find. Position the latest technologies in photochromics as the best. Talk to
patients about the technology behind the lenses. Having a pair of glasses that
multi-task can be irresistible to your patients.
If eyecare professionals have
more selections to offer patients interested in light sensitive lenses, then
the portion of patients that had intended to buy photochromics actually can.
New photochromic technology offers substantially improved wearer benefits in a
broad range of availability. Patients have the choice of lenses that areclear
indoors, darken and fade quickly, adjusting to all light levels for comfort and
visual clarity, provide 100 percent UV protection, in an ultra
abrasion-resistant coated polycarbonate.
Ever had someone
say "Is Pepsi okay?" when you asked for a Coke?
Understanding and respecting trademarks is important so here are some
definitions and suggestions when talking photochromic trademarks.
Lenses that darken or change when exposed to sunlight.This term may be used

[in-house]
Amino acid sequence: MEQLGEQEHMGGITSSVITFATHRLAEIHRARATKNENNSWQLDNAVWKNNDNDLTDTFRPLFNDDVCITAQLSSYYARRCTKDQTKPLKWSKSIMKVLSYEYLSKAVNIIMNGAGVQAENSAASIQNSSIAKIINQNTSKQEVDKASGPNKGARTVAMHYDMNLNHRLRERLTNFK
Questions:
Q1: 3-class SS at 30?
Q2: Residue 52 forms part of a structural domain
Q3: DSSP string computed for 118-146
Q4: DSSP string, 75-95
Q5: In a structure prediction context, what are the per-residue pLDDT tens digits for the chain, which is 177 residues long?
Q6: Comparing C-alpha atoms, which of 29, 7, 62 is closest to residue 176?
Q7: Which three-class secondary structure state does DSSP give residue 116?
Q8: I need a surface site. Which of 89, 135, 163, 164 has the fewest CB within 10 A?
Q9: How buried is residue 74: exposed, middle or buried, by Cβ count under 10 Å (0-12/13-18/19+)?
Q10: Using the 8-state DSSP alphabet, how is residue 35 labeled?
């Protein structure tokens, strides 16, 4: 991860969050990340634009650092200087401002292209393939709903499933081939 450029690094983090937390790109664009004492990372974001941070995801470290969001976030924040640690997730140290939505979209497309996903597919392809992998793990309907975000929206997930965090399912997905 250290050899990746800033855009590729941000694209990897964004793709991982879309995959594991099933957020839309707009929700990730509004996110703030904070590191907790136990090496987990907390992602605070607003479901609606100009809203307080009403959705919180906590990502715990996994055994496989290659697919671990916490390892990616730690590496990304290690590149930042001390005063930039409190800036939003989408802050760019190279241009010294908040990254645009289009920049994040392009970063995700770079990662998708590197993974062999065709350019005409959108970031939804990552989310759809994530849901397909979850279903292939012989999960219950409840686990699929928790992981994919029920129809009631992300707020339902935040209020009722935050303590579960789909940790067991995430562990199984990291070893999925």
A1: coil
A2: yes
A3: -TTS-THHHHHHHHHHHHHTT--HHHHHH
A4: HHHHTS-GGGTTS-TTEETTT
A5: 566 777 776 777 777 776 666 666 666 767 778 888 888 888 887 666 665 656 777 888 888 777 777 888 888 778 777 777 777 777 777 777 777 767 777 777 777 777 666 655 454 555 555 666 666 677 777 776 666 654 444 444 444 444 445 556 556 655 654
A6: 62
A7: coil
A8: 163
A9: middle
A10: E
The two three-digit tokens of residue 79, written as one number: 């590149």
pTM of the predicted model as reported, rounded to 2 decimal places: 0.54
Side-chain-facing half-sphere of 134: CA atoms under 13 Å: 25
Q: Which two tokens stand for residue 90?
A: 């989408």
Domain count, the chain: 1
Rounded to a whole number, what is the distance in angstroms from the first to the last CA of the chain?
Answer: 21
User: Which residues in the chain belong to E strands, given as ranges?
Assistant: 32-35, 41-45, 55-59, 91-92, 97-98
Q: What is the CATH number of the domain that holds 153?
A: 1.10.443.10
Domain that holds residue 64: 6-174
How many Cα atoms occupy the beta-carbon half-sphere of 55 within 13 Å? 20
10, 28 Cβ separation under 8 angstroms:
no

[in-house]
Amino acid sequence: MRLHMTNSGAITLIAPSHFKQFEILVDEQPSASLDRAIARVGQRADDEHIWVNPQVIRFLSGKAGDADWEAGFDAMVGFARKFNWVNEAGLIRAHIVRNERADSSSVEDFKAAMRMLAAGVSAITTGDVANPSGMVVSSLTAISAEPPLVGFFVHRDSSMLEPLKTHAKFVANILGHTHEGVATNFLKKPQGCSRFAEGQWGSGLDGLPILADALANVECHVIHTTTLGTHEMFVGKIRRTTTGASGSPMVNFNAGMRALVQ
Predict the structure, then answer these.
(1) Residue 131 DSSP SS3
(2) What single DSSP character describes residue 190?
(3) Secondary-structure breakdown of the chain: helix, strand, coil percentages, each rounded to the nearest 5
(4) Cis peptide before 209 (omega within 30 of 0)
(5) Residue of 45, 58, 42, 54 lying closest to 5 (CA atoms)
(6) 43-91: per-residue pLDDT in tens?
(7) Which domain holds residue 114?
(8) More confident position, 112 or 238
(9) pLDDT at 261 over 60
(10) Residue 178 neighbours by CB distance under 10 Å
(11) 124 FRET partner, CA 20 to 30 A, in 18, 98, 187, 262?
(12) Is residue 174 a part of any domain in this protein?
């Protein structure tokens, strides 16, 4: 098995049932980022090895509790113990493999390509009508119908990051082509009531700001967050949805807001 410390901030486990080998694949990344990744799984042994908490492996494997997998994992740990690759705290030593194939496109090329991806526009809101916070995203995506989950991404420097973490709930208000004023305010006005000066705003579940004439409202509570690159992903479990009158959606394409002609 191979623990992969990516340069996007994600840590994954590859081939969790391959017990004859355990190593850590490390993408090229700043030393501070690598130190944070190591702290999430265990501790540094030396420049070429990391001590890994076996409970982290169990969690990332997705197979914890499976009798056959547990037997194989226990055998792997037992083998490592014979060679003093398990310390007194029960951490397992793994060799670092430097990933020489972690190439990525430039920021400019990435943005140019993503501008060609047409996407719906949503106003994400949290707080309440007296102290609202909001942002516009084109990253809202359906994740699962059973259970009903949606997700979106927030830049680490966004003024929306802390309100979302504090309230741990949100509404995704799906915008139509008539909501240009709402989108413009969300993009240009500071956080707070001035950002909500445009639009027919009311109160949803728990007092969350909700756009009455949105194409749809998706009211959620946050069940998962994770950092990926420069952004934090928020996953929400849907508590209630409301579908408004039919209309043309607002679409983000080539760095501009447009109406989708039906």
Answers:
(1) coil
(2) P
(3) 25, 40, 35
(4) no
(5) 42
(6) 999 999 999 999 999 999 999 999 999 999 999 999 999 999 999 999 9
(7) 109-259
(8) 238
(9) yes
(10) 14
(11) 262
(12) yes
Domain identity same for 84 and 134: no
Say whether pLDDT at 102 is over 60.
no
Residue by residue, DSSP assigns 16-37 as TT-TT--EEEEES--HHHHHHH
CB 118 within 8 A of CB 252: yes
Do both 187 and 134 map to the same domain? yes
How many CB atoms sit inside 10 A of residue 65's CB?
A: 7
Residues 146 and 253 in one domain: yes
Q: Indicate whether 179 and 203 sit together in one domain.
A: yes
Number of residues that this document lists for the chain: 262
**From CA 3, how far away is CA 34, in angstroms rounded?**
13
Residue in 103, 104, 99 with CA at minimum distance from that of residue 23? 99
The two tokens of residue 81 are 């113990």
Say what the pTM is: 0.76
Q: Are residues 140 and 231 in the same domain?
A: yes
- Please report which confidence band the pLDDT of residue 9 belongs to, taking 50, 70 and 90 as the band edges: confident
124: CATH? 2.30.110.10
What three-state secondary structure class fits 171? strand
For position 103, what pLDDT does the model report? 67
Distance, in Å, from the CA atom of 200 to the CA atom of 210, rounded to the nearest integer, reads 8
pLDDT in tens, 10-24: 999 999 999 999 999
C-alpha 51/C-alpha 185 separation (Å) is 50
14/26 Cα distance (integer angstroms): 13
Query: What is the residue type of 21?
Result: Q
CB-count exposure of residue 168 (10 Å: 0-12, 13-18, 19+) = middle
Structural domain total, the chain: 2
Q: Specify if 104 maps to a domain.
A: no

to describe any lens, in any material, sold by any manufacturer that has this
particular product attribute.
Photochromic Lenses: A trademarked name held by Vision-Ease Lens to be
used only to describe LifeRx photochromic branded lenses.
Photochromic Lenses: A registered trademark name held by Transitions
Optical and to be used only to describe Transitions branded products.
you can order a LifeRx polycarbonate photochromic flat top bifocal" "Do you
want that plastic changeable tint lens in brown or gray?"
you can order a polycarbonate Transitions flat top bifocal" "Do you want that
plastic lens in PhotoGray or PhotoBrown?"
inappropriate uses of a trademarked name.
lenses are the Transitions lenses that are available in a polycarbonate flat
New eyewear options and improved
technology better meet patient needs. Photochromics present an excellent way to
target and capitalize on that opportunity. New photochromic technology offers
substantially improved wearer benefits and the ability to better meet a real
patient's needs. This provides benefits for the optician, doctor, manufacturer
and practice, making a big part of the billion dollar opportunity yours. �